Work underway at Mont-Royal station
- Project summary
- Impact on customer trips
- Impact on local residents
- Learn more about the project
- Onglet 5
Major work at Mont-Royal station to make it universally accessible.
Duration of the work: October 2018 to early 2022
Description of the work: Universal accessibility work (installation of elevators)
Impact on métro service: No
Impact on bus service: No
The station will remain open for the entire project. The market has been moved on Place Gérald-Godin to the Rivard Street side.
Impact on customer trips
Temporary entrance building now open
Customers may now enter and exit the station through a temporary entrance building on Rivard Street.
This arrangement allows us to continue the excavation work and construction of the new entrance building, while keeping the station open for our customers.
- The bus stops for the 97 OUEST, 11 OUEST and the 711 will be relocated on Mont-Royal Avenue.
- The bicycle stands will be relocated until work is completed.
Impact on local residents
- Berri Street: Closed between Mont-Royal and the bus loop behind the station.
- Rivard Street: Traffic allowed in both directions between Mont-Royal and the bus loop behind the station.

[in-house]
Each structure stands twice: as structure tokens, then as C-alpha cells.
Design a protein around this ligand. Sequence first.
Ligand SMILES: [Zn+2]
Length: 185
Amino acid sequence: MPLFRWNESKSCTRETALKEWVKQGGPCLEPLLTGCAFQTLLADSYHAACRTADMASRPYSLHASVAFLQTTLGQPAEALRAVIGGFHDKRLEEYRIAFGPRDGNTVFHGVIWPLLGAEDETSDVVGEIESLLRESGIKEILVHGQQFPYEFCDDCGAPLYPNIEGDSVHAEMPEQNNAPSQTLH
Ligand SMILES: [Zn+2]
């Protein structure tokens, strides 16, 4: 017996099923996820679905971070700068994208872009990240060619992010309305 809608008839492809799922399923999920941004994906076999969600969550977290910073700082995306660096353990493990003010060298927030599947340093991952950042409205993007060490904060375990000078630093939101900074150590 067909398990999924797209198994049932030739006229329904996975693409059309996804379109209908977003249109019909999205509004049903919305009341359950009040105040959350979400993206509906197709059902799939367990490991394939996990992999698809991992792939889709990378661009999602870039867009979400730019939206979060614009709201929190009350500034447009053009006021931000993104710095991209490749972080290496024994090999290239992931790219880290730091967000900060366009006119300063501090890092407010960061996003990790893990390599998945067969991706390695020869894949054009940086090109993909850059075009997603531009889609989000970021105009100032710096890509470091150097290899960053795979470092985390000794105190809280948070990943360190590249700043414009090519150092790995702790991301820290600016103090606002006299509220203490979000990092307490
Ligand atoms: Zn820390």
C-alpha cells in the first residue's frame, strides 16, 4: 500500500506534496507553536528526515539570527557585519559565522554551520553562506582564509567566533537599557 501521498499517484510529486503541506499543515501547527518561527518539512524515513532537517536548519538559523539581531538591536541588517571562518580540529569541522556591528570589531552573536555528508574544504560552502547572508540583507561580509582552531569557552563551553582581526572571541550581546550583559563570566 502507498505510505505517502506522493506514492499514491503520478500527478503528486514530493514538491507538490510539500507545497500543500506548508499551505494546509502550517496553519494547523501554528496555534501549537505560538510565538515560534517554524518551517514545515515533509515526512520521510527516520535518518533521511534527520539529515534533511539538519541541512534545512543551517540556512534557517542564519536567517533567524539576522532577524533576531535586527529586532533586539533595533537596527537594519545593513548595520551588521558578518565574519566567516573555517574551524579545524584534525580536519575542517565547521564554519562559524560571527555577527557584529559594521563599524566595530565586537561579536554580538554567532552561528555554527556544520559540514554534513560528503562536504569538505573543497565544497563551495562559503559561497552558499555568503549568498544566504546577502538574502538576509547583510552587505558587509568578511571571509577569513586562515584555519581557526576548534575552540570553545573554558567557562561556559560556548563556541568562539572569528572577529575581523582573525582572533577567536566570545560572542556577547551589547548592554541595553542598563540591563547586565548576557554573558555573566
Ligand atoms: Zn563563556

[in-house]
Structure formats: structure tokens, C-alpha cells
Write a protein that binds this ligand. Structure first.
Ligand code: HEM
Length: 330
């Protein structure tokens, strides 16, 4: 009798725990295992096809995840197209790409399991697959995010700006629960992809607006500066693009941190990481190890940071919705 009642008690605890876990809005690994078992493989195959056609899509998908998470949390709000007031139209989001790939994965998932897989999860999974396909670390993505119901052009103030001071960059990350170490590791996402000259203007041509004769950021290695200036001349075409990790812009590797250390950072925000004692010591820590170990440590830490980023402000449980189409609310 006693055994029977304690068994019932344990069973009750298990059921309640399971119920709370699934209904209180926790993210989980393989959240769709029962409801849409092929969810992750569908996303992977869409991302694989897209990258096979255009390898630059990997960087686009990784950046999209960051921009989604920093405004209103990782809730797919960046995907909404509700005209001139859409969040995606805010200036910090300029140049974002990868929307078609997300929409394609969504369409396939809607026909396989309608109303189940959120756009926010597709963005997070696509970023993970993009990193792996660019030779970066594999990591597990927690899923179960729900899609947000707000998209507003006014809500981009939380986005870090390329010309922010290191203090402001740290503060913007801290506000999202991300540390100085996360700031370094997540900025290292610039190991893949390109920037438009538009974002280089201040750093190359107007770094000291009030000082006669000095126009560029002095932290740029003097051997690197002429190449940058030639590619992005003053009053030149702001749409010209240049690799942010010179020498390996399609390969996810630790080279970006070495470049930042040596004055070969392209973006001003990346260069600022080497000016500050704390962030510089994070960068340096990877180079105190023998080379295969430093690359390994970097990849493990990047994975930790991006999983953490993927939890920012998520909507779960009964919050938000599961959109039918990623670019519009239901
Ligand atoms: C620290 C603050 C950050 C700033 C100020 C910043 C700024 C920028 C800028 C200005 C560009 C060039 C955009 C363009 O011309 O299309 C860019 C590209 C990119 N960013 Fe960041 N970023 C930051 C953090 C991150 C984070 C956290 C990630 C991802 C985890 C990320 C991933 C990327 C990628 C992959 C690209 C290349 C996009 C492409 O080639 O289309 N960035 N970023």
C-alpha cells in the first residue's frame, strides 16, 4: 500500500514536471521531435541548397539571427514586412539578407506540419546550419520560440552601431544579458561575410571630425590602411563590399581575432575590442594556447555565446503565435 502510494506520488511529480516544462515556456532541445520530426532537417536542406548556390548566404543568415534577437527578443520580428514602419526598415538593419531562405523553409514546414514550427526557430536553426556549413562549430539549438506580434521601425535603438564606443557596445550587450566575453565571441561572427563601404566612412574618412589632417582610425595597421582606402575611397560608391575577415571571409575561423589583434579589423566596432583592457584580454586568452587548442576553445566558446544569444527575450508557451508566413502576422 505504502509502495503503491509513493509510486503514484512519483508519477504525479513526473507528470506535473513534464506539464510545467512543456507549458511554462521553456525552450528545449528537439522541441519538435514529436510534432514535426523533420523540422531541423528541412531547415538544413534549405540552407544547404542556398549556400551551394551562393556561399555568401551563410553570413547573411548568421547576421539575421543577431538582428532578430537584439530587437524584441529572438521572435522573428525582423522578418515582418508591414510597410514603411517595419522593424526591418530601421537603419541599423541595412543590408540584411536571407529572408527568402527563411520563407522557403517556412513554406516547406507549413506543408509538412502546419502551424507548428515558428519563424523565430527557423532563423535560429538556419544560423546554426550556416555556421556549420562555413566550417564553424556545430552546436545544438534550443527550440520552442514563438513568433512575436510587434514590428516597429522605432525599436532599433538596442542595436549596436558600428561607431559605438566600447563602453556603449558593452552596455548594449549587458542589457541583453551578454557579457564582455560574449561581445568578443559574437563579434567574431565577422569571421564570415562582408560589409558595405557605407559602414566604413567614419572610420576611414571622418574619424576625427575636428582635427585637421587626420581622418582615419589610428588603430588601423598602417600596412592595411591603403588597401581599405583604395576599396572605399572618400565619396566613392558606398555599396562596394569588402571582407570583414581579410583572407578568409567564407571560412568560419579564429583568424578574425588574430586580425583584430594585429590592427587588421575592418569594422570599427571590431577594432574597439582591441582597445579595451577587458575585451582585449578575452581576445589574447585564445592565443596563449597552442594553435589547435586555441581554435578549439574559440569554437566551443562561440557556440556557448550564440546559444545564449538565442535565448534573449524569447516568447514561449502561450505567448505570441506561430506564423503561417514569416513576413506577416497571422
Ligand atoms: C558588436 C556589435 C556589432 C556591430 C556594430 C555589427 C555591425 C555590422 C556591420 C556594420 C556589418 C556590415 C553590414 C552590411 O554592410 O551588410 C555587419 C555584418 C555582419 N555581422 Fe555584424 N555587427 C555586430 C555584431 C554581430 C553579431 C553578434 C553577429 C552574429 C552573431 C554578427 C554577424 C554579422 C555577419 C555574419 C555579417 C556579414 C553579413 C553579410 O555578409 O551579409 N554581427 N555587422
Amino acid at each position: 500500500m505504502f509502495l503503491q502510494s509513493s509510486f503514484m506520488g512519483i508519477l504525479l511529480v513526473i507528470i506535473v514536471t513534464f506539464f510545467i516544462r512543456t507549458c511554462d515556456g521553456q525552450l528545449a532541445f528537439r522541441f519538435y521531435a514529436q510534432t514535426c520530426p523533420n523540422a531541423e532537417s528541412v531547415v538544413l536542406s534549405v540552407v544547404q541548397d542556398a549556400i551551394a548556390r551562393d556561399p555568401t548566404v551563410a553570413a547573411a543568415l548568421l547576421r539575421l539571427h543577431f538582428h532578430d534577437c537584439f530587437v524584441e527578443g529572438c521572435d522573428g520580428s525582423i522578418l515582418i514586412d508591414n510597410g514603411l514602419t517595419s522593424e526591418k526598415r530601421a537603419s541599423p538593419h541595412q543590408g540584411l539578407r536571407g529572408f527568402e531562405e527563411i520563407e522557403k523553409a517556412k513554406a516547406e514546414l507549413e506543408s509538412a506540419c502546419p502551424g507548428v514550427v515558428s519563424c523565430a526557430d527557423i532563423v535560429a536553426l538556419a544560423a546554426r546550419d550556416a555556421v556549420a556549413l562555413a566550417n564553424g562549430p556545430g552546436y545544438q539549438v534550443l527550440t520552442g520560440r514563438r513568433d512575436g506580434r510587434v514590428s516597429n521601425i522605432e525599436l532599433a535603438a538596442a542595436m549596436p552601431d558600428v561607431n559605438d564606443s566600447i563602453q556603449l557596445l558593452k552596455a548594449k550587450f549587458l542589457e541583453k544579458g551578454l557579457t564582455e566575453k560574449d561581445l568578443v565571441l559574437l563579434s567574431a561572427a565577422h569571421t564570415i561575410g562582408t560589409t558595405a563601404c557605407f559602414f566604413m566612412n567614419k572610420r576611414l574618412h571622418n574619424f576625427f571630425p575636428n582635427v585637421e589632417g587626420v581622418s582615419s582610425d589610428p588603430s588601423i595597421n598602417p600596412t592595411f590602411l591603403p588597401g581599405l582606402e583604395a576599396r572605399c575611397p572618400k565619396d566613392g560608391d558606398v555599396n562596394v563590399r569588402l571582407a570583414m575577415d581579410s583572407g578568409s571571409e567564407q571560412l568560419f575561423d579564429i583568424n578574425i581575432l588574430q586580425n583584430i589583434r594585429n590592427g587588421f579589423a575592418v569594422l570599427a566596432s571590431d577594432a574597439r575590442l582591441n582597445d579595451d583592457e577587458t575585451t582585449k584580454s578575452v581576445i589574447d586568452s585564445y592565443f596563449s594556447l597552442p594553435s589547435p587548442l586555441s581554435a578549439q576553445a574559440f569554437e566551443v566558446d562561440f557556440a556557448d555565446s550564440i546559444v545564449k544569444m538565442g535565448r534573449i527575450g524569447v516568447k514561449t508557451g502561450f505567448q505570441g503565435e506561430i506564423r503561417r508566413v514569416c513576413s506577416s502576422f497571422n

- Bus loop: Vehicle traffic allowed in both directions. Buses will no longer use the loop.
- Parking: Some parking spaces on Rivard Street will be removed to make room for vehicle traffic.
Trucks will enter and exit the worksite on Berri, either via Mont-Royal or the bus loop. Flaggers will be present at all times during truck movements to ensure safety.
Since July 2019, we have been breaking up the rock to perform the excavation work required to move the project forward. This work should last until January 2021.
Different methods, such as micro-blasting, will be used to break up the rock, depending on the particularities of the soil conditions and nearby buildings.
What measures will be implemented to ensure safety around the worksite?
- The construction site has already been fenced off, and the work will be done within its perimeter.